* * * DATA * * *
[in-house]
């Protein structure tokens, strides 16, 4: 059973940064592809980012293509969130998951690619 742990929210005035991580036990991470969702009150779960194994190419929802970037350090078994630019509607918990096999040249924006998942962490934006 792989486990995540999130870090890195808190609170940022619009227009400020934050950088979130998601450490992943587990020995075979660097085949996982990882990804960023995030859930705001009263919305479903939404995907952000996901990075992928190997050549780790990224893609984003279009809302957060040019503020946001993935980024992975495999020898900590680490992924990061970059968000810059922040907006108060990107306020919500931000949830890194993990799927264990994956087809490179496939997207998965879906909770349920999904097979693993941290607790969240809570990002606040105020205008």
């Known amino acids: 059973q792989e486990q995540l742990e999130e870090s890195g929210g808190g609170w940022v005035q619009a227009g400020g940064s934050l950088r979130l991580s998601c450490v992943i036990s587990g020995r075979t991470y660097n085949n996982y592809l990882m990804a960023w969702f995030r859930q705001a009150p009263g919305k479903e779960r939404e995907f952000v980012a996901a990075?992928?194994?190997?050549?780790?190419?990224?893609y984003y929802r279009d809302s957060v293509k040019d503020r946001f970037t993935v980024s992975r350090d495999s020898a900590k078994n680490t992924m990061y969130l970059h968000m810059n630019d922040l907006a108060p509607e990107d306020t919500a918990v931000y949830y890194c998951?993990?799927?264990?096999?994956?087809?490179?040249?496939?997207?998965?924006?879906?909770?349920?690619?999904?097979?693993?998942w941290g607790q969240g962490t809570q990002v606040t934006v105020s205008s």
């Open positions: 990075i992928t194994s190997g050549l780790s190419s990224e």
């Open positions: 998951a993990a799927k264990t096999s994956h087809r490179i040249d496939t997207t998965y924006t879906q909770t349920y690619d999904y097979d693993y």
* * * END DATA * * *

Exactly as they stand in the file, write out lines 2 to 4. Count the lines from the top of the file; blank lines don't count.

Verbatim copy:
């Protein structure tokens, strides 16, 4: 059973940064592809980012293509969130998951690619 742990929210005035991580036990991470969702009150779960194994190419929802970037350090078994630019509607918990096999040249924006998942962490934006 792989486990995540999130870090890195808190609170940022619009227009400020934050950088979130998601450490992943587990020995075979660097085949996982990882990804960023995030859930705001009263919305479903939404995907952000996901990075992928190997050549780790990224893609984003279009809302957060040019503020946001993935980024992975495999020898900590680490992924990061970059968000810059922040907006108060990107306020919500931000949830890194993990799927264990994956087809490179496939997207998965879906909770349920999904097979693993941290607790969240809570990002606040105020205008």
């Known amino acids: 059973q792989e486990q995540l742990e999130e870090s890195g929210g808190g609170w940022v005035q619009a227009g400020g940064s934050l950088r979130l991580s998601c450490v992943i036990s587990g020995r075979t991470y660097n085949n996982y592809l990882m990804a960023w969702f995030r859930q705001a009150p009263g919305k479903e779960r939404e995907f952000v980012a996901a990075?992928?194994?190997?050549?780790?190419?990224?893609y984003y929802r279009d809302s957060v293509k040019d503020r946001f970037t993935v980024s992975r350090d495999s020898a900590k078994n680490t992924m990061y969130l970059h968000m810059n630019d922040l907006a108060p509607e990107d306020t919500a918990v931000y949830y890194c998951?993990?799927?264990?096999?994956?087809?490179?040249?496939?997207?998965?924006?879906?909770?349920?690619?999904?097979?693993?998942w941290g607790q969240g962490t809570q990002v606040t934006v105020s205008s």
């Open positions: 990075i992928t194994s190997g050549l780790s190419s990224e």